Livestock farming and animal health
First NGO to specialise in veterinary services
We have two main objectives that complement one another: to support and strengthen small family livestock farms that are efficient and sustainable, and to help countries in the Global South organise efficient animal-health and veterinary-public-health systems for the benefit of livestock farmers, human health and the environment.
Livestock farming: a vital activity
In developing countries, smallholder livestock farming is the livelihood of 600 million people and in some countries may represent up to one-third of national economic production. Livestock farming complements crop cultivation by making use of crop residues, fertilising the soil and providing quality food and additional income for farmers. In some areas it can even be the biggest source of income, particularly on uncultivable land. For example, 70% of the means of subsistence for people in mountainous, arid or semi-arid regions come from livestock farming.
Pastoral livestock farming – where animals are moved seasonally depending on the availability of grass and water – is the livelihood of 200 million people. It is practised on roughly one-third of the land area in fragile ecosystems. Pastoralism is also agroecological. It uses fewer inputs and causes less pollution than sedentary livestock farming. It also preserves natural resources better when herd movements are well managed, and is often highly productive.
Threats from industrial livestock production
But industrial livestock farmers in emerging countries and in the Global North still export massive quantities of inexpensive meat and powdered milk to many countries in the Global South, competing directly with local livestock farmers.
Moreover, countries in the Global South are not spared from the development of industrial livestock-farming practices, which lead to deforestation and overconsumption of water and fossil fuels, degrade the environment, contribute substantially to climate change and make small-scale livestock farmers poorer as a result of the unfair competition they generate.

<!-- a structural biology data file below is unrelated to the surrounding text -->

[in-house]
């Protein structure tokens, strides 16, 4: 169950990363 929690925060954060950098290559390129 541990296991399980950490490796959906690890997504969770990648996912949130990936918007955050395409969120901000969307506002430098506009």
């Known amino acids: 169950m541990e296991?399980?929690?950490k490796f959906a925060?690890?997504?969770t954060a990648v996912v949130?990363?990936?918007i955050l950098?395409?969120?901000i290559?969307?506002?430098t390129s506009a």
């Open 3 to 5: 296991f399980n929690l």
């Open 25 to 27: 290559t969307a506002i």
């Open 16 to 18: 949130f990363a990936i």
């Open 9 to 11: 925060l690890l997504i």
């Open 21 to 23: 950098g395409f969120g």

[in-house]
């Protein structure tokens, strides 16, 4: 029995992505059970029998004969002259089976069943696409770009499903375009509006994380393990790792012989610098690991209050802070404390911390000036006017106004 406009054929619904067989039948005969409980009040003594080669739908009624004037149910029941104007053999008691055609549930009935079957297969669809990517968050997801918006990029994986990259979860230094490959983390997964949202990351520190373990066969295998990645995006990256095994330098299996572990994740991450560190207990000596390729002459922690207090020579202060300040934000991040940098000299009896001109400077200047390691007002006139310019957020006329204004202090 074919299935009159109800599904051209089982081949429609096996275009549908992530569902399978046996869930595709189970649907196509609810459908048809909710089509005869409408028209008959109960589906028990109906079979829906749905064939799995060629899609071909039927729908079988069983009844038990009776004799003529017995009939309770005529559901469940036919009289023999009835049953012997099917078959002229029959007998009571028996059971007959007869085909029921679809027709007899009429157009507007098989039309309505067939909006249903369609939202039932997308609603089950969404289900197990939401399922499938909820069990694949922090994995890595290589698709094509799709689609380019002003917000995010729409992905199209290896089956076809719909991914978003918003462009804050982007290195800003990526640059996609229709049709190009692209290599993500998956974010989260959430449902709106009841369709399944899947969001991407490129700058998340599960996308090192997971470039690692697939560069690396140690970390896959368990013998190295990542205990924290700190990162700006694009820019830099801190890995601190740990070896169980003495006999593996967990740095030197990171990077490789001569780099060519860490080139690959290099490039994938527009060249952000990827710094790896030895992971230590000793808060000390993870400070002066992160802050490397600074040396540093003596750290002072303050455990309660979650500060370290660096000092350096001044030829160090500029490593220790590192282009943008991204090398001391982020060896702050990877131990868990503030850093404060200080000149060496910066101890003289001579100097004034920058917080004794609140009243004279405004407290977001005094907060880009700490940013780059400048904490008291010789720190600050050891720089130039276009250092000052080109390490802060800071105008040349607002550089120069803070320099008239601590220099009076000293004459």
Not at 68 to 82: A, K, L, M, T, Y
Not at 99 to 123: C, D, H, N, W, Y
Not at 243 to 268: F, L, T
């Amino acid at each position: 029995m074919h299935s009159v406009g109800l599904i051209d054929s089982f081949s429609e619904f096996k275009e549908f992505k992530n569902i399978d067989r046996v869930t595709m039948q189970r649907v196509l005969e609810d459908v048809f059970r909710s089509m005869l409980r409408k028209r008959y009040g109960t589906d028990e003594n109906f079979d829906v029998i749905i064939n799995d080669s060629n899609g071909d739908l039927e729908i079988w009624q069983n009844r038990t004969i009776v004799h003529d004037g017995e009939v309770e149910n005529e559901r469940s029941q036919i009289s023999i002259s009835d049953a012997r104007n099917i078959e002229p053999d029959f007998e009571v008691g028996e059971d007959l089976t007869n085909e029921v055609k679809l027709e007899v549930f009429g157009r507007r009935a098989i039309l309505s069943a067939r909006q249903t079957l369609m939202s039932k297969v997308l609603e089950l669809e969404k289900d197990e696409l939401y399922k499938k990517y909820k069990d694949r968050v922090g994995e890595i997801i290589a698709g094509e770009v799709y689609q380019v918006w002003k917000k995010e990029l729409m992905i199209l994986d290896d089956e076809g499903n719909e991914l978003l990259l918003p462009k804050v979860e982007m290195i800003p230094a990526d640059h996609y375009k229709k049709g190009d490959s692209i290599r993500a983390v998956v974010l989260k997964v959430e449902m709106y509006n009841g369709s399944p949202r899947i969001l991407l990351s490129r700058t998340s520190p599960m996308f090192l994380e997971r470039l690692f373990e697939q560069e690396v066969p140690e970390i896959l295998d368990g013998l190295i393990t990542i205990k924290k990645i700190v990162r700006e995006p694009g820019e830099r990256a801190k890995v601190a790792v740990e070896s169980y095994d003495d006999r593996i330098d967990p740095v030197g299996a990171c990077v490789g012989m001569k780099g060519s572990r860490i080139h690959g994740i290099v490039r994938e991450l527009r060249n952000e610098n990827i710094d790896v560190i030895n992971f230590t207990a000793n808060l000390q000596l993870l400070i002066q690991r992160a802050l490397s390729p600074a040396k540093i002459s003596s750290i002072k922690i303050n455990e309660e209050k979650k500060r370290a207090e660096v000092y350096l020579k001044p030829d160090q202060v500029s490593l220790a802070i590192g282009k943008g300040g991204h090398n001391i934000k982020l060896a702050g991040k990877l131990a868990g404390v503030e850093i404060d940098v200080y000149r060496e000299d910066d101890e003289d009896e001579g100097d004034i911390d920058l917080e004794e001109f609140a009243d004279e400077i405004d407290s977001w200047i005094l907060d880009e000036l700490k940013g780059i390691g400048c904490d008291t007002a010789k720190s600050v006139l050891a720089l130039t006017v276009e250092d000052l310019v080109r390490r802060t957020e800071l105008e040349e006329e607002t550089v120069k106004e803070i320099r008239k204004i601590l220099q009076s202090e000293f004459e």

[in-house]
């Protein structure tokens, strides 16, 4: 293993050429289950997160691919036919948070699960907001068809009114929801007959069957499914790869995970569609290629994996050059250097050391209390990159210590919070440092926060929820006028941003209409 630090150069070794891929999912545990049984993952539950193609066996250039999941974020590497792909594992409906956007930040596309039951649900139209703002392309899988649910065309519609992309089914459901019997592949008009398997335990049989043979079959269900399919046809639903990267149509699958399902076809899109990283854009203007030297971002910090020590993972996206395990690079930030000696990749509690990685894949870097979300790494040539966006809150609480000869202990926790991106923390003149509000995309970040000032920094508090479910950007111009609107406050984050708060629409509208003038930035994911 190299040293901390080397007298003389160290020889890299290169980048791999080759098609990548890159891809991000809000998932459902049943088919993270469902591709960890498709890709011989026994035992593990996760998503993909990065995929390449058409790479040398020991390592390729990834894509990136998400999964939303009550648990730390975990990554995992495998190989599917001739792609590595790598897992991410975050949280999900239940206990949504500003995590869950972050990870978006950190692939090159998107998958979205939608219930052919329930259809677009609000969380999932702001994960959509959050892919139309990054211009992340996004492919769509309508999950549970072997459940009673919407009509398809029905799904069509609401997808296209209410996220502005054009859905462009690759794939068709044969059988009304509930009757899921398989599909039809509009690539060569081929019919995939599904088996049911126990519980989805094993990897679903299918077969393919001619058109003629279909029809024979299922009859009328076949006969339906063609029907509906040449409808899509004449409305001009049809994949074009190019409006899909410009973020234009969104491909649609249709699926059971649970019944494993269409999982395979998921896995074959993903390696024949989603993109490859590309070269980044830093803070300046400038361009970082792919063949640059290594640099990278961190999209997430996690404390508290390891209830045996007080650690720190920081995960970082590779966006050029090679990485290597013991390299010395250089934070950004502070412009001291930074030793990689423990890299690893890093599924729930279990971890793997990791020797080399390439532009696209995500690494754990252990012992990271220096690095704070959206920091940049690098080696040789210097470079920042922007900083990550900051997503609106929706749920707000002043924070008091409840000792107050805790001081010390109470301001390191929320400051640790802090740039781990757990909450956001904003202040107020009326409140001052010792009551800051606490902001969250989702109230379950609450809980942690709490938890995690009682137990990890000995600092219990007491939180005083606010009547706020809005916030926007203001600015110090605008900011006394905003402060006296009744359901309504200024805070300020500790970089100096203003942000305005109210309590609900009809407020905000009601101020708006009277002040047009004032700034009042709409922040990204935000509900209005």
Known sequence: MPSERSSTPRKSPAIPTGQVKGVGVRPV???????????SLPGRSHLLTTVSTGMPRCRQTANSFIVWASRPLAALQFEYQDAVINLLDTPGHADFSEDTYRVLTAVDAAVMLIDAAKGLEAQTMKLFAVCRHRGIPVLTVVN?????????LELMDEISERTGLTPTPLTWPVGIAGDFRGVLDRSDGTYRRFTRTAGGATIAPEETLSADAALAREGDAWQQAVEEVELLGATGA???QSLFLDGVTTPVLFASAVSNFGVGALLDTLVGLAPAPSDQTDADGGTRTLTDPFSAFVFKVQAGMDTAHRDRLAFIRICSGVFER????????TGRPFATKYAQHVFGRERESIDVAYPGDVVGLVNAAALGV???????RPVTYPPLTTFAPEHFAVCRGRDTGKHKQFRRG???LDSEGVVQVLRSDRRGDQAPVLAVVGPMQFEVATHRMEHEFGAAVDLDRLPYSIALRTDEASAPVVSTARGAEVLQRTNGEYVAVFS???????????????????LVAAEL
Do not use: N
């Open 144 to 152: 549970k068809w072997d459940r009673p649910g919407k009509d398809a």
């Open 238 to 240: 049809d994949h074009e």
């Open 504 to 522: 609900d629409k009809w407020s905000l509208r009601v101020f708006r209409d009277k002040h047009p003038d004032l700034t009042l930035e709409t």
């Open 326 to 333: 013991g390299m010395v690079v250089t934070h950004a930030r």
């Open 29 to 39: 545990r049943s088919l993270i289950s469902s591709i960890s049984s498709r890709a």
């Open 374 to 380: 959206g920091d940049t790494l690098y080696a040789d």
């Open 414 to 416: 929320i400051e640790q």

3 pillars of action
Livestock farming addresses a number of challenges – such as food security, job and income creation, animal welfare, and protection of the environment and human health – and AVSF’s actions seek to help small livestock farmers become more autonomous.
- Improving livestock-farming practices
Our first pillar of action aims to improve livestock-farming practices (feeding, habitat, reproduction, veterinary care, biosecurity, etc.) taking into account the particularities of each locality and the complementarities between growing crops and raising livestock. AVSF focuses particularly on protecting the biodiversity of domestic and wild animals, and saving and harnessing traditional ethnoveterinary knowledge to complement allopathic veterinary medicine. These improved practices boost productivity and ensure the food security and income of smallholder families. These are effective and sustainable ways to improve food sovereignty at local and national level.
- Strengthening local animal-health services
This is crucial for livestock farmers in isolated areas. It involves training local animal-health auxiliaries and grouping them together into organisations. Through prevention and treatment campaigns, the auxiliaries improve the health of livestock operations and herds, which are less affected by diseases. They can also raise alerts if diseases appear that are transmissible to humans (zoonoses).
- Supporting central and decentralised veterinary services
Lastly, at country level, AVSF works with its partners and private veterinarians to support central and decentralised veterinary services to better control animal diseases, protect public health (zoonoses, quality of meat, etc.) and strengthen the role of livestock farming in each country’s economy.
In all these areas, our NGO takes concrete action in the field to promote the One Health concept so that communities of smallholders and livestock farmers, technicians, agronomists, veterinarians, human-health specialists and environmental experts can work better together to improve public health, animal health and environmental health.